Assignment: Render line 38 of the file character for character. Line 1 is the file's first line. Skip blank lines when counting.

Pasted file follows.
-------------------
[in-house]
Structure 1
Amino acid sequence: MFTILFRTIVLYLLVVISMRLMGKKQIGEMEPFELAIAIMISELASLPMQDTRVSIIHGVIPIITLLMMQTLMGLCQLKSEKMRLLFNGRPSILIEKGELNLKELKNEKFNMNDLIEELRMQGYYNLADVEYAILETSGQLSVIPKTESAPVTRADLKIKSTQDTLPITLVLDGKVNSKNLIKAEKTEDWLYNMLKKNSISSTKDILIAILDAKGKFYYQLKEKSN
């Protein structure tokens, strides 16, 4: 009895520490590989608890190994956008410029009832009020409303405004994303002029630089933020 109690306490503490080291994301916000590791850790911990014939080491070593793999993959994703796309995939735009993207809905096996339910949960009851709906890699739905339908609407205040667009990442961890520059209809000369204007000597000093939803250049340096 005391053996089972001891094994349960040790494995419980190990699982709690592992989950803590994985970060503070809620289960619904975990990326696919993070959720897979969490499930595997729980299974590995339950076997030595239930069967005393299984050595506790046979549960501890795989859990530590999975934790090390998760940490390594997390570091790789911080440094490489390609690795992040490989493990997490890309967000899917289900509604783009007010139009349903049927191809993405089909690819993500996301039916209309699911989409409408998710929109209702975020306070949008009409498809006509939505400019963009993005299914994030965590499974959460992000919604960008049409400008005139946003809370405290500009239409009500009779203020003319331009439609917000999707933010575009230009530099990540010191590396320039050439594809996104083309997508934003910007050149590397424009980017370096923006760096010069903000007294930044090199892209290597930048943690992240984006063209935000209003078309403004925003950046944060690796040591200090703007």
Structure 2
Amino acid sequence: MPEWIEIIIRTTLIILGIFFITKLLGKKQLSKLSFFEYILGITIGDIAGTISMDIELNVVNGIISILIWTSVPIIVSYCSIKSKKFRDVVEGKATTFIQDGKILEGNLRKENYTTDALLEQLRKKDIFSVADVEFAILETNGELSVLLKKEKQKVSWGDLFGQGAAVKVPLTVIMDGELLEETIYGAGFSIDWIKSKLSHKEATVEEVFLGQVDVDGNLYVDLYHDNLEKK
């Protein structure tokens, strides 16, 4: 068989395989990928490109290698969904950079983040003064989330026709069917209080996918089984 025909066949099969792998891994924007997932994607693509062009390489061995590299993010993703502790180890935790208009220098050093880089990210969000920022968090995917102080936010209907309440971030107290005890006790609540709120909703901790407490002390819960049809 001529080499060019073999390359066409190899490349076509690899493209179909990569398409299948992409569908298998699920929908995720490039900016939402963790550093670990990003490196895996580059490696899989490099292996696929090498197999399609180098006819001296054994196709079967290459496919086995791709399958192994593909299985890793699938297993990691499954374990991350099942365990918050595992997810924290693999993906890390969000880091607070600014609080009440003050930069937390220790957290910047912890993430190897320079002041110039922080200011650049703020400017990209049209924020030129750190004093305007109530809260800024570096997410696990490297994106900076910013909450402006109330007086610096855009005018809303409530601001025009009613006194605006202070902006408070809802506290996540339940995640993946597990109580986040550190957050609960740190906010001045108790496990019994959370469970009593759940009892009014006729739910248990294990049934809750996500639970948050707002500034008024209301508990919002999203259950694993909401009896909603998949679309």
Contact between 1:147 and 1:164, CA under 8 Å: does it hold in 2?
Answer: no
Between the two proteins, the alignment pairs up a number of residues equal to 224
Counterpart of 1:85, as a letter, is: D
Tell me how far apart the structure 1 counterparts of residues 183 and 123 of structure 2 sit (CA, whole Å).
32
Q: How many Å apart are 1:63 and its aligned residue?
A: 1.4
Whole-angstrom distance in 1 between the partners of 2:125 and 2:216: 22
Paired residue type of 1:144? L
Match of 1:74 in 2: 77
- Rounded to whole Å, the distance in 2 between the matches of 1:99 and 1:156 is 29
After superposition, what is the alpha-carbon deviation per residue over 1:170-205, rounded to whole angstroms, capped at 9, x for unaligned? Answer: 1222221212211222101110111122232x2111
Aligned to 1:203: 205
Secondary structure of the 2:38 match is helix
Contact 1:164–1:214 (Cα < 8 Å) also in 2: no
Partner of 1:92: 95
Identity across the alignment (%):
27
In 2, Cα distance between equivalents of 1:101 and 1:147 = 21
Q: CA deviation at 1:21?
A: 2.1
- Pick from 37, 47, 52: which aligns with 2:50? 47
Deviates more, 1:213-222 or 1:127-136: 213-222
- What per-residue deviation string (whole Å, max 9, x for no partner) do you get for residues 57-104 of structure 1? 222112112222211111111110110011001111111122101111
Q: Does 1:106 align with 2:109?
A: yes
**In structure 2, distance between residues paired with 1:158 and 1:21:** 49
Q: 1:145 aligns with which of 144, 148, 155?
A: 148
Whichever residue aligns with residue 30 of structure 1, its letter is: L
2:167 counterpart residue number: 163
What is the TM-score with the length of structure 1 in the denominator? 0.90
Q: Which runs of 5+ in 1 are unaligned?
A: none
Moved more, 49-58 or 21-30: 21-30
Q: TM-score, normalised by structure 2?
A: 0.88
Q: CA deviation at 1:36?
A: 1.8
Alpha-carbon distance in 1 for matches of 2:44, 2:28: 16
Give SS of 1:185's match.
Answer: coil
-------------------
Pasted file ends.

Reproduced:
Whichever residue aligns with residue 30 of structure 1, its letter is: L